- The abolishment of elections removes the influence of money in politics [1, 6].
Why would sortition result in more competent legislatures than elected politicians?
A group of randomly chosen people produces a representative sample of the public. This representative sample would approximate the preferences of the larger public in a fashion that no election could replicate. Sortition bodies would therefore be more competent in terms of being descriptively representative of the public. With that, sortition legislatures would be more in-tune with the needs of normal people as opposed to elite, special interests.
Elected politicians in contrast are more competent in their abilities in marketing, rhetoric, persuasion, propaganda, and advertising, which might have correlations to “intelligence”. However I have doubts that this skill set is beneficial to representing your interests. This skill set is instead often used to manipulate and lie.
How would advisory experts be chosen?
In bicameral sortition, the experts are chosen by a joint committee of both elected politicians and lottery-selected citizens. Experts are chosen for every bill that is passed from the elected chamber to the lottocratic chamber [8, 9].
In pure sortition, experts, aides, and bureaucrats are all chosen by the sortition legislature.
Wouldn’t democratic lotteries be random and chaotic?
When random selection is used to select for a single position such as a mayor, the result will be chaotic. However, when random selection is used to select a large body of for example 100-1000 people, the result will actually be remarkably stable. Similarly, when a coin is flipped 1000 times, we can predict with high certainty that about 500 tosses will be heads and 500 tosses will be tails. Therefore, I only recommend the use of sortition for legislative bodies. To select a mayor or president, sortition could be used to construct a selection committee that then hires the executive officer.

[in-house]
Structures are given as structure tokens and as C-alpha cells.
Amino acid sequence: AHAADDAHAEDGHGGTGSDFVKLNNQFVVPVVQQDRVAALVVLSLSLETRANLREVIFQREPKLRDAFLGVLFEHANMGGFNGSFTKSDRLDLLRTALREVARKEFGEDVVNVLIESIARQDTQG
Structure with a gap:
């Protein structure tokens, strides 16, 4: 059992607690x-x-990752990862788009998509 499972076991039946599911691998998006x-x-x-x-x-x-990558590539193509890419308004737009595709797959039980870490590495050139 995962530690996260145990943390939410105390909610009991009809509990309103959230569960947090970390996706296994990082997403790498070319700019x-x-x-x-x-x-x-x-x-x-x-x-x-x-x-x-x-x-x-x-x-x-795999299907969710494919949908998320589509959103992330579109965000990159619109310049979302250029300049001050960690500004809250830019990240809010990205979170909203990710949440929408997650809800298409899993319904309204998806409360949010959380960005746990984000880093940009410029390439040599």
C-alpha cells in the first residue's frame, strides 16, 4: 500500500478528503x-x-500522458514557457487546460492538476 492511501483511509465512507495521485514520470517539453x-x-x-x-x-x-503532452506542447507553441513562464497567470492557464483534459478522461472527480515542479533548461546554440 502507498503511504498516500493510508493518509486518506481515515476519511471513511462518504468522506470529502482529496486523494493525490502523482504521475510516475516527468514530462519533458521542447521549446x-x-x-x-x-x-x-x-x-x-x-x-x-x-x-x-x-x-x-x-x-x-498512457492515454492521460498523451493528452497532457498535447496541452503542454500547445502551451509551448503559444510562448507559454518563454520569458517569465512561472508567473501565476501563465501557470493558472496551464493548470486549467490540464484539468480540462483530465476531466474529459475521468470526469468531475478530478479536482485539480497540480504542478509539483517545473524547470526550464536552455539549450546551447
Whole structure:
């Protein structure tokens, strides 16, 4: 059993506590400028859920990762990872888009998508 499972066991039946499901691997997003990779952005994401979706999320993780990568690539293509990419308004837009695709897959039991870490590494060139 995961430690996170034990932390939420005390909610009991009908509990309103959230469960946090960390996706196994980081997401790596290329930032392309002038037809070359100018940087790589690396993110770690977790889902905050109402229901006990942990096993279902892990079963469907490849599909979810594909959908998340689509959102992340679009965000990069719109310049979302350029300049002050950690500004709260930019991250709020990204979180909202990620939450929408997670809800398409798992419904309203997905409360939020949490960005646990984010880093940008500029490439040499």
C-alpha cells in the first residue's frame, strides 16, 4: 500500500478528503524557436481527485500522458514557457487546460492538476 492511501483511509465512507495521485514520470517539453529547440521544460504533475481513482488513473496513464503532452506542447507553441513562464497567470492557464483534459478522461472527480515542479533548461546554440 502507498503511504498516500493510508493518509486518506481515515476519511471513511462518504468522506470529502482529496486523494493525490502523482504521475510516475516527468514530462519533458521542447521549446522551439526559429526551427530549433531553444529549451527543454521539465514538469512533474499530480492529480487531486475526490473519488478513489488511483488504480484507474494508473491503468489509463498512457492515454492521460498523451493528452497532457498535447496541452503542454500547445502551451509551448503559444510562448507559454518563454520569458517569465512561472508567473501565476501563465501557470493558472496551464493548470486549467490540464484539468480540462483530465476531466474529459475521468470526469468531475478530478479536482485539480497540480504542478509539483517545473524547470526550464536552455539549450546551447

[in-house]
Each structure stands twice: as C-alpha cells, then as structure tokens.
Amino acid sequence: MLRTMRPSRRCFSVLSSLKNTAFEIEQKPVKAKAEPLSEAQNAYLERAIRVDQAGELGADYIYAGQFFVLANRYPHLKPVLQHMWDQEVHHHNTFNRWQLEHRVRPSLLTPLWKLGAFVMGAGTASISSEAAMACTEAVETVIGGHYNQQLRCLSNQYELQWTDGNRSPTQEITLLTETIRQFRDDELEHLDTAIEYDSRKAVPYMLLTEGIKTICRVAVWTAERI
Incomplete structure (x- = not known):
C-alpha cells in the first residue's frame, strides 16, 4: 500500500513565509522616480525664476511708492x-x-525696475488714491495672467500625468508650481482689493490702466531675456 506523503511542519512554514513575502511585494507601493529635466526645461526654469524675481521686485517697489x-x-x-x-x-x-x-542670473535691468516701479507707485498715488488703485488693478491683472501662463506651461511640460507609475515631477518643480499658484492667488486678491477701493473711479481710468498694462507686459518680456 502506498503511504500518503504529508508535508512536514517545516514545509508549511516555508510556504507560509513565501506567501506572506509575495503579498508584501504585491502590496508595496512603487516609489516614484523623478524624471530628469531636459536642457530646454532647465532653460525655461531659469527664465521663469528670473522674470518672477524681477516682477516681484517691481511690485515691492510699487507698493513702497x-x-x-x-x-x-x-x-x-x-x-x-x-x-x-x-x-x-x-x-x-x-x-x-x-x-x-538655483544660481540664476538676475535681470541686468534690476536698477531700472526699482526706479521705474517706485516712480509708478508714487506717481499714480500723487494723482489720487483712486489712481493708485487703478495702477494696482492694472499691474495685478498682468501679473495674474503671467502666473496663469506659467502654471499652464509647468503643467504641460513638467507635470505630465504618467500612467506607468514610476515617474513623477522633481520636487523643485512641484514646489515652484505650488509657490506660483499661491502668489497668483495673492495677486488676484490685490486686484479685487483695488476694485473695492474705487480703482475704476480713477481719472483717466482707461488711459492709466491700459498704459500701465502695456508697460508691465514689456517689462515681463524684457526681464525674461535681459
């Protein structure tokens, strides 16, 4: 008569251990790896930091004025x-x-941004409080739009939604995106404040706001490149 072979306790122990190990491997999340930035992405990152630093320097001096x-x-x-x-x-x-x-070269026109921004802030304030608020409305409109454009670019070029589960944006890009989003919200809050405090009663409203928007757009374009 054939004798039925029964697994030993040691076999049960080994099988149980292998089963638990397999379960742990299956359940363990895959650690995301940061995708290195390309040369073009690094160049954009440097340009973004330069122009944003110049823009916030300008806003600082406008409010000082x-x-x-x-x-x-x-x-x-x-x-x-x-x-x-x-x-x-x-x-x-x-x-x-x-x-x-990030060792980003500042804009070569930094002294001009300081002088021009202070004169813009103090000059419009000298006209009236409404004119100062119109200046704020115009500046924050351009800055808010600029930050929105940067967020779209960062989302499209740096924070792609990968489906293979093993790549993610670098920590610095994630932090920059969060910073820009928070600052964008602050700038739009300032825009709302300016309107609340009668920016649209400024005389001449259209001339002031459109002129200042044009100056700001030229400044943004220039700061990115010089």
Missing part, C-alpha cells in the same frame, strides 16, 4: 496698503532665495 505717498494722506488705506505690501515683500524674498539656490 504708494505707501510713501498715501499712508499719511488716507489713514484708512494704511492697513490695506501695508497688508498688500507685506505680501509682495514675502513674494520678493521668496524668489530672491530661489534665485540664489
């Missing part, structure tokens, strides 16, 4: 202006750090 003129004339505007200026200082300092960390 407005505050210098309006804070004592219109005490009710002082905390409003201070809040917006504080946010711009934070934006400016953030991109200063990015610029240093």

What examples of democratic lotteries have been conducted in the world?
Hundreds of lottocratic assemblies such as Citizens' Assemblies have already been conducted in Canada , Ireland, France, the UK, Scotland, Mongolia, America, and elsewhere. Again and again, participants of such assemblies have reiterated the claimed benefits of sortition.
Aren't normal people too stupid to be trusted?
Democratic Lotteries fortunately construct deliberative bodies that are competent. According to top academic journal Science Magazine (2019) ,
“Deliberative experimentation has generated empirical research that refutes many of the more pessimistic claims about the citizenry’s ability to make sound judgments…. Ordinary people are capable of high-quality deliberation, especially when deliberative processes are well-arranged: when they include the provision of balanced information, expert testimony, and oversight by a facilitator."
Deliberation can overcome polarization, echo chambers, and extremism. Democratic deliberation promotes “considered judgment” and “counteracts populism”:
The communicative echo chambers that intensify cultural cognition, identity reaffirmation, and polarization do not operate in deliberative conditions, even in groups of like-minded partisans. In deliberative conditions, the group becomes less extreme; absent deliberative conditions, the members become more extreme.
Why would random people be better than rule by meritocracy or rule by experts?
In a monarchy, government serves the interests of a king. In a democracy, government serves interests of the people. In a technocracy (rule by expert), government serves the interests of technocrats.
Many times, the interests of the king aren't your interests. Many times, the interests of a technocrat also aren't your interests. Competent, smart people working against your interests are even worse than having average or mediocre people in charge.